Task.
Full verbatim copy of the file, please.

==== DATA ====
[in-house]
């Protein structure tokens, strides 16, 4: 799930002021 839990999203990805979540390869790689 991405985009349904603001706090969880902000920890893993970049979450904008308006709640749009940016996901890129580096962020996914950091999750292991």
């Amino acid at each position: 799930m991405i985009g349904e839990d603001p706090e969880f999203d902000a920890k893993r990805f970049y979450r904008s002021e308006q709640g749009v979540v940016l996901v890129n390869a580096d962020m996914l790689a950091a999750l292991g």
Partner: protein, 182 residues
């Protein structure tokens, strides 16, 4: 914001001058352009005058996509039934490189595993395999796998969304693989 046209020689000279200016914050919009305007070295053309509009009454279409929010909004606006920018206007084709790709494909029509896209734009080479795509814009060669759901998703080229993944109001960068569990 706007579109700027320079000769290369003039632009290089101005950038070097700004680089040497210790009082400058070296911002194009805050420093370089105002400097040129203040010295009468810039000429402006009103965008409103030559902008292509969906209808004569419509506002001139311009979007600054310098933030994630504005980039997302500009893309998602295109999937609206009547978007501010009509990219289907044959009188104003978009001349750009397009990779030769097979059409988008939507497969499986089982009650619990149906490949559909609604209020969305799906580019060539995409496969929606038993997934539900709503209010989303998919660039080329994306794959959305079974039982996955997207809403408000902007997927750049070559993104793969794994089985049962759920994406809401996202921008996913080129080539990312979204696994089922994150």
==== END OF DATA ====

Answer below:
[in-house]
């Protein structure tokens, strides 16, 4: 799930002021 839990999203990805979540390869790689 991405985009349904603001706090969880902000920890893993970049979450904008308006709640749009940016996901890129580096962020996914950091999750292991």
């Amino acid at each position: 799930m991405i985009g349904e839990d603001p706090e969880f999203d902000a920890k893993r990805f970049y979450r904008s002021e308006q709640g749009v979540v940016l996901v890129n390869a580096d962020m996914l790689a950091a999750l292991g």
Partner: protein, 182 residues
């Protein structure tokens, strides 16, 4: 914001001058352009005058996509039934490189595993395999796998969304693989 046209020689000279200016914050919009305007070295053309509009009454279409929010909004606006920018206007084709790709494909029509896209734009080479795509814009060669759901998703080229993944109001960068569990 706007579109700027320079000769290369003039632009290089101005950038070097700004680089040497210790009082400058070296911002194009805050420093370089105002400097040129203040010295009468810039000429402006009103965008409103030559902008292509969906209808004569419509506002001139311009979007600054310098933030994630504005980039997302500009893309998602295109999937609206009547978007501010009509990219289907044959009188104003978009001349750009397009990779030769097979059409988008939507497969499986089982009650619990149906490949559909609604209020969305799906580019060539995409496969929606038993997934539900709503209010989303998919660039080329994306794959959305079974039982996955997207809403408000902007997927750049070559993104793969794994089985049962759920994406809401996202921008996913080129080539990312979204696994089922994150």